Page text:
Magazine article CRM Magazine

Extreme Trust: Why Companies Need to Step Up Their Game

Magazine article CRM Magazine

Extreme Trust: Why Companies Need to Step Up Their Game

Article excerpt

In an age where every action a company takes can be instantly exposed across the Web, consumer trust is more important than ever. In their new book, Extreme Trust, Don Peppers and Martha Rogers, Ph.D., founders of the management consulting firm Peppers & Rogers Group, explain that increased transparency and communication requires companies to proactively earn their customers' trust. Peppers and Rogers explained to Associate Editor Judith Aquino what companies can do to turn honesty into a competitive advantage.

CRM: What interested you about trust in a customer relationship and how do you define extreme trust?


Martha Rogers: When we think about customer relationships, one of the things we realized is that as technology drives greater interconnectivity and more customers talk to each other about their experiences with a brand, what customers say is actually more important than what companies say about themselves. And if that's the case, that means the relationships that companies have with their customers and the experiences those customers have are what will really matter in the long run.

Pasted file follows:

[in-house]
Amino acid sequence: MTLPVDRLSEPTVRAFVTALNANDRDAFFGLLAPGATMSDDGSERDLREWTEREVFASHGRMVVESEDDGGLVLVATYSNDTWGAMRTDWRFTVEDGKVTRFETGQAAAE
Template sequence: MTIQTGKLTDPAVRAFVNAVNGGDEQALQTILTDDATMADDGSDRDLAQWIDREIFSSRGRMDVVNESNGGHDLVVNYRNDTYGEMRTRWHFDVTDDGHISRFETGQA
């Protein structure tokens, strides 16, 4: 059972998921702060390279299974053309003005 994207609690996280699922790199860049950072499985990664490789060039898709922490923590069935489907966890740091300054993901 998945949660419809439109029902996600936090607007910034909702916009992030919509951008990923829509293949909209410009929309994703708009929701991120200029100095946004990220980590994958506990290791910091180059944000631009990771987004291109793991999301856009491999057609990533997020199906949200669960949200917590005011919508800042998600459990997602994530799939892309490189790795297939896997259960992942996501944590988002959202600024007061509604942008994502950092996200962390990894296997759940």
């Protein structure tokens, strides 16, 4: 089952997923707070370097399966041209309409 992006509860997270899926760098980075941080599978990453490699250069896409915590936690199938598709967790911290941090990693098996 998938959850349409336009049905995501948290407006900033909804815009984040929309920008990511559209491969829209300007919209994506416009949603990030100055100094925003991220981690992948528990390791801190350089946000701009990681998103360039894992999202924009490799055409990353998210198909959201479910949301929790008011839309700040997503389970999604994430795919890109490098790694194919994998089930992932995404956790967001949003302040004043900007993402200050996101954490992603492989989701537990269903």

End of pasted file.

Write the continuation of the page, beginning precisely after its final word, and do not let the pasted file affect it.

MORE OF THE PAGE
Don Peppers: What's happening is consumers are sharing so much information they're beginning to demand a higher level of trustworthiness from companies--something Martha and I call extreme trust or trustability.

Extreme trust is proactively protecting your customers' interests. For example, if you order a book from Amazon, they'll remind you that you already bought it. iTunes does that as well. Either one of these companies could make money in the short term simply by taking their customers' money, since it's a mistake from the customer's end. But increasingly, companies are finding consumers will hold them accountable if they take advantage of someone's mistake or lack of knowledge. They want proactive trust--extreme trust--and that's what the book is about.

CRM: In your book, you make a distinction between companies that are trustable versus those that are trustworthy. How can companies tell which one they are?

Rogers: If you're not cheating customers or you're following the law, or you're simply doing what you say you'll do in the 18 pages of tiny print, then you're trustworthy. If you're going to be trustable, if you're going to practice extreme trust ... then you have to be competent at what you do and look out for your customers' interests as well as your own and do it proactively. …

Search by... Author
Show... All Results Primary Sources Peer-reviewed


An unknown error has occurred. Please click the button below to reload the page. If the problem persists, please try again in a little while.